Tuesday, March 9, 2010

too bullish

The headline here is intentionally lower case as in a whisper. I am tired of finding bearish evidence in the face of a market that just goes up no matter what. But here goes. I found this at the Pragmatic Capitalist site.

As charts below from the ICI illustrates, portfolio managers have been so nervous to miss any up-moves that they have run down their cash holdings to 3.6% of assets from nearly 6% a year ago — the largest decline in 19 years. Equity cash ratios are back to where they were in September 2007, just as the stock market was hitting its peak.


My own retirement account is half cash.


Amalan said...

Michael, your warning reminds me of your advice from Oct 17, 2007 in Barrons "This is not about picking a top. It is more about reducing risk". And now that cash ratios are as low as in late 2007, we need to watch for risk alright. The only difference between the two time periods is that in late 2007 the US dollar was going down, and now the USD is going up. Must mean something.

Also, Randall Forsyth, March 4 in Barrons mentioned that all the activity seemed to be coming from the pros, while the individual investor is sitting it out. Combined with your blog column today, it means the pros have brought down the cash ratios, while the individuals are still more heavily in cash. Wonder what this means - the indivuals jump in and cause an upswing or pros get out and cause a more severe correction.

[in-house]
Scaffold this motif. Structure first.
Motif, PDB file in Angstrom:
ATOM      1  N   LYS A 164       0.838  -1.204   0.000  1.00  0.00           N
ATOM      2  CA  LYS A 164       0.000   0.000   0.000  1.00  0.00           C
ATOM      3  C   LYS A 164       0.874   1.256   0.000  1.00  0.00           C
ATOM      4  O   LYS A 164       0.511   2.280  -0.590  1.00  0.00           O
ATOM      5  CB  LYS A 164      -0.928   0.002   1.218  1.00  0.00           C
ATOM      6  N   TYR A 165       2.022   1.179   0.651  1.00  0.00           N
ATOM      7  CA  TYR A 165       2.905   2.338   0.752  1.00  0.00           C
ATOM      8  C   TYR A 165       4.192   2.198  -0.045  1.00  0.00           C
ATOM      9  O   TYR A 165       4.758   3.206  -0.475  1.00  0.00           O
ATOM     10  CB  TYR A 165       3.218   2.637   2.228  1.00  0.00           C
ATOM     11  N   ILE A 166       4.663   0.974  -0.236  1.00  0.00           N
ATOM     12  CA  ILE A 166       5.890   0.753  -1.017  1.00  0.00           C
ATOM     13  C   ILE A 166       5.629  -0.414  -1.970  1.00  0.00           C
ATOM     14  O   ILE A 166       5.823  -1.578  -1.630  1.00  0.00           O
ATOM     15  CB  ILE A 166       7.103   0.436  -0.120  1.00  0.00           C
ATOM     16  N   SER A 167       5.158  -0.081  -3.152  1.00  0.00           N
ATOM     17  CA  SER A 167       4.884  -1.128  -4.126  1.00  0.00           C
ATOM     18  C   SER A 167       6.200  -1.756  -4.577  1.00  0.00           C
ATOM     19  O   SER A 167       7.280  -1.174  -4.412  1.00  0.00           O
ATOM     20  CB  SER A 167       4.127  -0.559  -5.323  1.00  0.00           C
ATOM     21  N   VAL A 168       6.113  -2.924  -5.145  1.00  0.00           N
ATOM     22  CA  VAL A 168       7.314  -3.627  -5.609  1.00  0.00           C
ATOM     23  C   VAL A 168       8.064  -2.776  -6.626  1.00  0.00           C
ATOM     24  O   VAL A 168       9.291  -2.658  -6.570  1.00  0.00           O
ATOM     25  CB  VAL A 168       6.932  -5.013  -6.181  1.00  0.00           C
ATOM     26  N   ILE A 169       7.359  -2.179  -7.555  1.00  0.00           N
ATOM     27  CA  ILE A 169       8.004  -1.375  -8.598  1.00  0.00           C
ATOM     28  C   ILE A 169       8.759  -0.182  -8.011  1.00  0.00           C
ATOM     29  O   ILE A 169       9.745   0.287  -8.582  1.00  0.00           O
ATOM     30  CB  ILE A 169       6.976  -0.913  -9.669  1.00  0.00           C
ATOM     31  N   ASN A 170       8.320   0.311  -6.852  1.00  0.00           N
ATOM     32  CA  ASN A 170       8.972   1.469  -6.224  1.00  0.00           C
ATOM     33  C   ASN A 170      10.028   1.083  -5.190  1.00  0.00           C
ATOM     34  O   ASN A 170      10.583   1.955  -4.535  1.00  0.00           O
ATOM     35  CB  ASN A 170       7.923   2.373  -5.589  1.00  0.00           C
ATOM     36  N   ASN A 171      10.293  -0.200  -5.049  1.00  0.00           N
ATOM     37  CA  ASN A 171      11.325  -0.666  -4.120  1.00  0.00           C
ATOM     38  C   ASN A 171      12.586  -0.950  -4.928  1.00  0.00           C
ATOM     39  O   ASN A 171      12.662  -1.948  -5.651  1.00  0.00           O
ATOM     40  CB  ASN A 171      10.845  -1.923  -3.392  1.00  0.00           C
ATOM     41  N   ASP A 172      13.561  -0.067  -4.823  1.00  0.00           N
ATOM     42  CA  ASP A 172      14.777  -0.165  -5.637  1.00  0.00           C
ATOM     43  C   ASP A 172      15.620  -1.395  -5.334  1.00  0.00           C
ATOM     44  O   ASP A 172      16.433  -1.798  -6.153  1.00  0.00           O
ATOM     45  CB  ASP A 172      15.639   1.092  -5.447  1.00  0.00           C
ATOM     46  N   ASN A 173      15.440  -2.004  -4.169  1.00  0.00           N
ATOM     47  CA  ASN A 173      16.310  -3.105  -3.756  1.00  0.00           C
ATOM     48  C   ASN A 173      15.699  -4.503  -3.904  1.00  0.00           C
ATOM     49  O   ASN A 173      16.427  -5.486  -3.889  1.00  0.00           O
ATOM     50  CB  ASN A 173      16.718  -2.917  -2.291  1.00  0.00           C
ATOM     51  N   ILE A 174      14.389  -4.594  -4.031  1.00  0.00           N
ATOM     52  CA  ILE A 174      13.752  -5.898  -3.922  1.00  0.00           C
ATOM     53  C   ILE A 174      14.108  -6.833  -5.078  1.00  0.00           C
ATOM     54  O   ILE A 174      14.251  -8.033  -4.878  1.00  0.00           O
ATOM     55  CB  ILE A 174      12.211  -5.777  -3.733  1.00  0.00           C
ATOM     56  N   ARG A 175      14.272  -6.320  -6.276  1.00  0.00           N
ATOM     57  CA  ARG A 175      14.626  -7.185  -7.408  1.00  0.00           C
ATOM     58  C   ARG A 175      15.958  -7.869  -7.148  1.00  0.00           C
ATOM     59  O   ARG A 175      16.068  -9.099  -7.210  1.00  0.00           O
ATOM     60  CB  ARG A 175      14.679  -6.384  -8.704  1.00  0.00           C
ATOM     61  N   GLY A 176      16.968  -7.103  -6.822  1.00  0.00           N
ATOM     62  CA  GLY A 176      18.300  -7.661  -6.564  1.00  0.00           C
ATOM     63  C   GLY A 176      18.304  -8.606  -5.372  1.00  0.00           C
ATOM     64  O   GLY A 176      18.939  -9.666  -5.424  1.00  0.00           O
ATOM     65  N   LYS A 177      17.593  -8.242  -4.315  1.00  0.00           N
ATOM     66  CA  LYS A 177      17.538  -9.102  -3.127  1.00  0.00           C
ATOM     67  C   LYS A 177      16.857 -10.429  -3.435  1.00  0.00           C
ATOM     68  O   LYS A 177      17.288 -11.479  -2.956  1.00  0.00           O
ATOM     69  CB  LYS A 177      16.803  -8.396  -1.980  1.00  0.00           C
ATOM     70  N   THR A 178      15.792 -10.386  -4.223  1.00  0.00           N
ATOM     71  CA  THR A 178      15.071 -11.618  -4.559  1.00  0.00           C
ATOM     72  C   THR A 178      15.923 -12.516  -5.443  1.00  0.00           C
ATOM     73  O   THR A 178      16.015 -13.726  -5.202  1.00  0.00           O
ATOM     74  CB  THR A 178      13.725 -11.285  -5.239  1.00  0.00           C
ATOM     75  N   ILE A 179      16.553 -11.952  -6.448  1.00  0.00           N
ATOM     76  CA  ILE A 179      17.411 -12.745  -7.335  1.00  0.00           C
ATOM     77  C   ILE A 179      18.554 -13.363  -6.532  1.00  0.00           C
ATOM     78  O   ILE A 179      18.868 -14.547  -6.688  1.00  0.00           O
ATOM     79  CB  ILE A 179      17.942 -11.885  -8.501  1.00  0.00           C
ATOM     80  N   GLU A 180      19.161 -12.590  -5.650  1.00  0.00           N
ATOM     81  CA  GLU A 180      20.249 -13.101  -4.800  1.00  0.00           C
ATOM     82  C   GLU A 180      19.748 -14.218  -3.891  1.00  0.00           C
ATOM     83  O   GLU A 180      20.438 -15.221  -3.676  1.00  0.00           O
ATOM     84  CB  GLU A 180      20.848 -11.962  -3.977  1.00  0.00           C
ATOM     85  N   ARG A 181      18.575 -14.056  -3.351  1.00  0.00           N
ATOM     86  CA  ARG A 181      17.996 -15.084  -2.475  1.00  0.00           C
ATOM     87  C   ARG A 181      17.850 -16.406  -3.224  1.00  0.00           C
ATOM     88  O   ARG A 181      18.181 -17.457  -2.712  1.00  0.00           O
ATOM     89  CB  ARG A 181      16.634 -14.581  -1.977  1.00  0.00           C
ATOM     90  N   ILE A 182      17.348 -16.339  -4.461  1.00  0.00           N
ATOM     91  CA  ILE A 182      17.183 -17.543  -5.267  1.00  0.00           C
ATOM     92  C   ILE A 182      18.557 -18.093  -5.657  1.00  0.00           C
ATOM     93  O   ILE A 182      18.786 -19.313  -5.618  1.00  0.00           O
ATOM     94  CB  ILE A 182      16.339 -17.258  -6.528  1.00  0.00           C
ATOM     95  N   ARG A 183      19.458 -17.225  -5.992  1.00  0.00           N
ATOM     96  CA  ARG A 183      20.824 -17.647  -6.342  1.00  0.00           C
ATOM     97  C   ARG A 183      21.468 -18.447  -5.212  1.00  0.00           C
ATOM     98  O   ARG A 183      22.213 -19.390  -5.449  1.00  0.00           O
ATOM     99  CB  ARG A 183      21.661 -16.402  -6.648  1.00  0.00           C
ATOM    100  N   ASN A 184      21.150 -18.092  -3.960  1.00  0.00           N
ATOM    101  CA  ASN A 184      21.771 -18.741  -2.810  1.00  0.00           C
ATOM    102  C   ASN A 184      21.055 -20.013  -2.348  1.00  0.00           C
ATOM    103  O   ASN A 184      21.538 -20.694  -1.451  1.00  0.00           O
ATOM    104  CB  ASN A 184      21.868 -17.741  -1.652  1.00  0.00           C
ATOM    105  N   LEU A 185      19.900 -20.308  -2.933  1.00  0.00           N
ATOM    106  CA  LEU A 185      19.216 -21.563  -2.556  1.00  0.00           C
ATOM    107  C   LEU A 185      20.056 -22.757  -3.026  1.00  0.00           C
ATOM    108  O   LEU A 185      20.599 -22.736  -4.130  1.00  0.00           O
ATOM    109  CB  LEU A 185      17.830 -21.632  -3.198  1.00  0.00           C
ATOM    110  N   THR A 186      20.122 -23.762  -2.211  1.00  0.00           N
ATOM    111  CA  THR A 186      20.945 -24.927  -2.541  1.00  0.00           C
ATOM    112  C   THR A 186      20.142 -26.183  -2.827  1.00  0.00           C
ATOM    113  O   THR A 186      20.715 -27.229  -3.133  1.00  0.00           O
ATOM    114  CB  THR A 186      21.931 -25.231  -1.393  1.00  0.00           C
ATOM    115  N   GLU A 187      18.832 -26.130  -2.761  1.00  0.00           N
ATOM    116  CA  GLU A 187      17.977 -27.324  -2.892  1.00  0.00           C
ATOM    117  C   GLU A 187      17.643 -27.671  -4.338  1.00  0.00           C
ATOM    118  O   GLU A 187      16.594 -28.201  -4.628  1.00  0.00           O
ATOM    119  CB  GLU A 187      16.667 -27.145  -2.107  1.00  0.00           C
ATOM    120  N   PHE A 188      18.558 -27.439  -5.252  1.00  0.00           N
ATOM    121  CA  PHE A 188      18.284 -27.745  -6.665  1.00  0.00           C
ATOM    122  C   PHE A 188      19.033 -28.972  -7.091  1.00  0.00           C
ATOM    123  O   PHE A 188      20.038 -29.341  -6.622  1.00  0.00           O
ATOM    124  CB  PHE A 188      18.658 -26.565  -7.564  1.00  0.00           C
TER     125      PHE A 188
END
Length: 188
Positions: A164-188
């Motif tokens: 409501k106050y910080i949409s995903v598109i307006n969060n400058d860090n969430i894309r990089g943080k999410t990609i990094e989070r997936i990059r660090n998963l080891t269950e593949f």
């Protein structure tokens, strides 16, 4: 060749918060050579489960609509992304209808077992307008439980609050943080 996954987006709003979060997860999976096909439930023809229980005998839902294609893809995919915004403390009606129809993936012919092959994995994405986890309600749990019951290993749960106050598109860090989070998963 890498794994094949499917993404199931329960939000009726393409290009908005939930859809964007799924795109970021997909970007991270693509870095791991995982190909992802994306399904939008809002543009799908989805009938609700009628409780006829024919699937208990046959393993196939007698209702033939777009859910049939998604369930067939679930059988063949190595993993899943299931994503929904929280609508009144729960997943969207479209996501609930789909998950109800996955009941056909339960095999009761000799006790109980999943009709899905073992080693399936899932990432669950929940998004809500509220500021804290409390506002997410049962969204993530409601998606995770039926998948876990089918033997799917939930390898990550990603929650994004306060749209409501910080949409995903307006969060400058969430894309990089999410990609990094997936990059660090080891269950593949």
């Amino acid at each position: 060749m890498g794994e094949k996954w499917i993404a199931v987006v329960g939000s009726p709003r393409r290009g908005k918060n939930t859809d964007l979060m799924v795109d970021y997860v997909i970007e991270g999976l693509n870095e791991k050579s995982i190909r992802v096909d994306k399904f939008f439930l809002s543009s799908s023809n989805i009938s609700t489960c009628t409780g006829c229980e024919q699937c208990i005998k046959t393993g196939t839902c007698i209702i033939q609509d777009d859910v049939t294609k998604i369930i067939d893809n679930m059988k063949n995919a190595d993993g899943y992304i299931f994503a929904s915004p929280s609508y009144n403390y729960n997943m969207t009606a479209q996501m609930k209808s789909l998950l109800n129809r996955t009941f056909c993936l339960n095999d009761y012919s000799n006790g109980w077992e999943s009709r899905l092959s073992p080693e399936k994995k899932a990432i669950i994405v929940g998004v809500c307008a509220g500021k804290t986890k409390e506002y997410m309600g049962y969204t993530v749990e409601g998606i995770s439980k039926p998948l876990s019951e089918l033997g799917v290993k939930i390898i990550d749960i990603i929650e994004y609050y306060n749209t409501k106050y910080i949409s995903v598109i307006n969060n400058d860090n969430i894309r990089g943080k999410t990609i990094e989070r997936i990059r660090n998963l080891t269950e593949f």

steven said...

Anyone looking at that chart must be concerned, no matter how bullish or bearish they are. It is amazing to see how much cash used to be held back. This chart seems to validate that most money managers have very short holding periods and are really day/swing trading the market - which would mean their is very little support for prices should sentiment suddenly turn negative.

Quick Takes Pro said...

Amalan, you flatter me with your research. I think I will revisit that article to see if it makes sense to re-run in updated form.

I'll post an excerpt from today's newsletter in a few minutes.

Quick Takes Pro said...

Steven, this is another point I have been trying to make, only from the volume point of view. Low volume means less buffer against news. As you said, that leaves very little support should sentiment turn.